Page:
LINKS analysis, looks at the achievements of Azerbaijan in the last decade and what the Azerbaijan government would like foreigners to see when they visit the country.
The Eurovision Song Festival is in in full swing in Baku, and thousands of journalists, musicians and fans are in the Azerbaijani capital for the occasion. Most of them would not have heard that there existed a country called Azerbaijan until recently, let alone that they would visit it.
When it became known last year that Azerbaijan had won the Eurovision festival, and that it would host the 2012 event, the Azerbaijani government immediately made it clear that it would use the occasion to show-case the new Azerbaijan to the world. It was too good an opportunity to be missed, with tens of millions of viewers throughout the world. And there was indeed a lot to show.
Thanks to the oil wealth of recent years Azerbaijan has been going through a period of transformation. On the surface this reflects itself through the changing Baku skyline. Soviet Baku was a functional, rather than a pretty city, and the Azerbaijani government set out to change this. Dozens of iconic buildings sprang up throughout the capital. New cultural facilities have been mushrooming over the last years, and hundreds of old residential buildings have been spruced up. The architectural feel of the city has changed. Yet this outside change is only part of the story.
Azerbaijanis have been changing too. In Soviet times Azerbaijan was generally considered backward. The Communist leadership of the Azerbaijani SSR had to struggle with Moscow to secure places for Azerbaijani students at top Soviet Universities through a quota system rather than on qualification. The first years after independence were years of political turbulence, culminating in a massive defeat in the war with Armenians which resulted in the loss of large chunks of territory. Tens of thousands of displaced people descended on Baku and other towns adding to the misery of people.
Tackling these issues has been the main challenge that the government of Azerbaijan, headed first by Heidar Aliev, and afterwards by his son Ilham, set for itself.
The government had one big advantage: the revenue from oil. Managing the oil sector was therefore the first objective. An agreement with Western companies and countries, known as the “deal of the century”, secured a smooth production process. The construction of the Baku-Tbilisi-Ceyhan pipeline ensured the transportation of oil to European markets, bypassing the Russian bottle neck. Revenues started flowing in, first in small amounts, but in the last five years in billions.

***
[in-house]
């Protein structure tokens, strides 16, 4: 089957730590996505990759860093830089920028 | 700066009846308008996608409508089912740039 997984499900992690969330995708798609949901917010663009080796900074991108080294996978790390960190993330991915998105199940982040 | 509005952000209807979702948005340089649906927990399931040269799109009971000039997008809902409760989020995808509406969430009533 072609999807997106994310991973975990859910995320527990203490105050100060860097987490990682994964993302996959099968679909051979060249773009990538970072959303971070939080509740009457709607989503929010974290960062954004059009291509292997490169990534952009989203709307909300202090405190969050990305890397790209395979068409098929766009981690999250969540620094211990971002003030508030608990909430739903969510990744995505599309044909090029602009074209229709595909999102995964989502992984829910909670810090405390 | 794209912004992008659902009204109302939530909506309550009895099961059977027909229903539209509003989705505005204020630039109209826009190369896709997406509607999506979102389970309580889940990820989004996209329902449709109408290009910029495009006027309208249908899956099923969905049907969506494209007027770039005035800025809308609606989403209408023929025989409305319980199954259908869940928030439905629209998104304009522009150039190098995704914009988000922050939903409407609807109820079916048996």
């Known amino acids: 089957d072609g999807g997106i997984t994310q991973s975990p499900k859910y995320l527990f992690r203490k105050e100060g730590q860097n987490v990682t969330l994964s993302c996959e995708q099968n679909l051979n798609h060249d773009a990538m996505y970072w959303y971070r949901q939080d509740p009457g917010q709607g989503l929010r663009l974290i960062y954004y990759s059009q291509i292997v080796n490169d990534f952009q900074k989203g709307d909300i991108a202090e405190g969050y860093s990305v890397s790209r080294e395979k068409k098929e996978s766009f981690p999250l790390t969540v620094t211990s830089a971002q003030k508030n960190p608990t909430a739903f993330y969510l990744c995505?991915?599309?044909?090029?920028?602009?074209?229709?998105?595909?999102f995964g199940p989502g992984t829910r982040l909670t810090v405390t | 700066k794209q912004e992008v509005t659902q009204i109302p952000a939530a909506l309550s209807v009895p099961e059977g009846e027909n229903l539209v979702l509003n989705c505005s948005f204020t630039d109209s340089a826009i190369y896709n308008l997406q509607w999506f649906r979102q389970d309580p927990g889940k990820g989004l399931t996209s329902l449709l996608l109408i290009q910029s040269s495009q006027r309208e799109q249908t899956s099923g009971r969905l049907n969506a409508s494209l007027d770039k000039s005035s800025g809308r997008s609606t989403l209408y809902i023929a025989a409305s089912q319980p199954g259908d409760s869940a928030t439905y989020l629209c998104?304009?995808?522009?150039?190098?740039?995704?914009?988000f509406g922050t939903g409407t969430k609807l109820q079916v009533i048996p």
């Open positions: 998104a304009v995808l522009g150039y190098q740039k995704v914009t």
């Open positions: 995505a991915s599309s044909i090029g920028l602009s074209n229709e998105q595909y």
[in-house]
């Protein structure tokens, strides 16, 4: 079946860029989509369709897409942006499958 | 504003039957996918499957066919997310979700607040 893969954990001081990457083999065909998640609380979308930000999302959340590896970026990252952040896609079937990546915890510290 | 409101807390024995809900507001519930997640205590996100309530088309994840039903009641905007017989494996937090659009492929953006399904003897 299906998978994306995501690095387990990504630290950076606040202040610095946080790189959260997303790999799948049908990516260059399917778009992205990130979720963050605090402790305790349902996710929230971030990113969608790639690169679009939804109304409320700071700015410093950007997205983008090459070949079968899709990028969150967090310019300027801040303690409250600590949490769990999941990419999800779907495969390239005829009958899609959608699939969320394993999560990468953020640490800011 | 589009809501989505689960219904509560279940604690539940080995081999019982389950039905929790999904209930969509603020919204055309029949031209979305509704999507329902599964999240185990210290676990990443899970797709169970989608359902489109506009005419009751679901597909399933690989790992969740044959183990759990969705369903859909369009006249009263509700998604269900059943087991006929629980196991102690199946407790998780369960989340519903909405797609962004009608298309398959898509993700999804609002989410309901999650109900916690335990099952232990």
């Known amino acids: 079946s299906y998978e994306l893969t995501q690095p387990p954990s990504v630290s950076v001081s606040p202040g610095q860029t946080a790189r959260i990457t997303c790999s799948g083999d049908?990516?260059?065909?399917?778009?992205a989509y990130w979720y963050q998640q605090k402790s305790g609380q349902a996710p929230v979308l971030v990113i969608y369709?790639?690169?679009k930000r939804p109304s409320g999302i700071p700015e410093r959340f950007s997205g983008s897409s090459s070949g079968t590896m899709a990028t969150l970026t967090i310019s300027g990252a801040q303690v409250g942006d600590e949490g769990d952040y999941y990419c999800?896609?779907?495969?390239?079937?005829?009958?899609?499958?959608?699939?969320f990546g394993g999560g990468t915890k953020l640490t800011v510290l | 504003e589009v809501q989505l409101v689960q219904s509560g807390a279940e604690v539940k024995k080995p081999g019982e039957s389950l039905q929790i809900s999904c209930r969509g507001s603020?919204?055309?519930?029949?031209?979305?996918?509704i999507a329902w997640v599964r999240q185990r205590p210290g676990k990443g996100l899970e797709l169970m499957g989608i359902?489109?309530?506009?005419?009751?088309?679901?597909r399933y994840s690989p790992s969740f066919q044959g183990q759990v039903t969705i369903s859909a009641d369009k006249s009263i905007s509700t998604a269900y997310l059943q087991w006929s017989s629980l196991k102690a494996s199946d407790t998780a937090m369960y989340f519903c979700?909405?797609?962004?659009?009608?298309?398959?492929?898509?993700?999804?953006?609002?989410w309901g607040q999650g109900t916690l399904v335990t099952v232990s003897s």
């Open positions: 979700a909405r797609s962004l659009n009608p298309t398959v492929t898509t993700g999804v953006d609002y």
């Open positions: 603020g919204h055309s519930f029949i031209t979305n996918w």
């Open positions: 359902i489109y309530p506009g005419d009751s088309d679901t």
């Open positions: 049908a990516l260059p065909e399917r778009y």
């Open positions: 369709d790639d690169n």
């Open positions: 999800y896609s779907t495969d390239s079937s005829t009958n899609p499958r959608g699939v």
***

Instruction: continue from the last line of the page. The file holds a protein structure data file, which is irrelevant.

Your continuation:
From being the country of losers and refugees the government sought to turn Azerbaijan into a country of winners. A new sense of confidence was encouraged.
This reflected itself in foreign policy, where the government became much more assertive on the international arena. The message to Turkey, the US, Russia, Iran and others in the last years was not to take Azerbaijan fore-granted. Friendship was reciprocal and Azerbaijan expected to get as much as it would give. The election of Azerbaijan to the UN Security Council at the end of 2011 was seen as the culmination of this successful policy.
On the domestic front the government moved to rehouse refugees, to start building the non-oil sector of the economy, to invest heavily in defence spending and to implement a cadre policy aimed at preparing a new generation of Azerbaijanis technocrats. Hundreds of young Azerbaijanis were sent to study overseas, and specialised institutions, such as the Azerbaijan Diplomatic Academy were established.
Success was also sought in the fields of sports and culture. Sports facilities were brought up to world standard and various international events were held in Baku. Azerbaijani started winning gold medals in competitions. The Eurovision victory symbolised yet another benchmark reached.
The government of Azerbaijan feels that it has achieved the objectives that it set out to achieve. The country’s statehood is secured, the country is on the road to development and it is now a respected international player.
Tomorrow, in part 2: The failures.
Source: This is the first of a three part special report prepared exclusively for commonspace.eu by LINKS analysis ©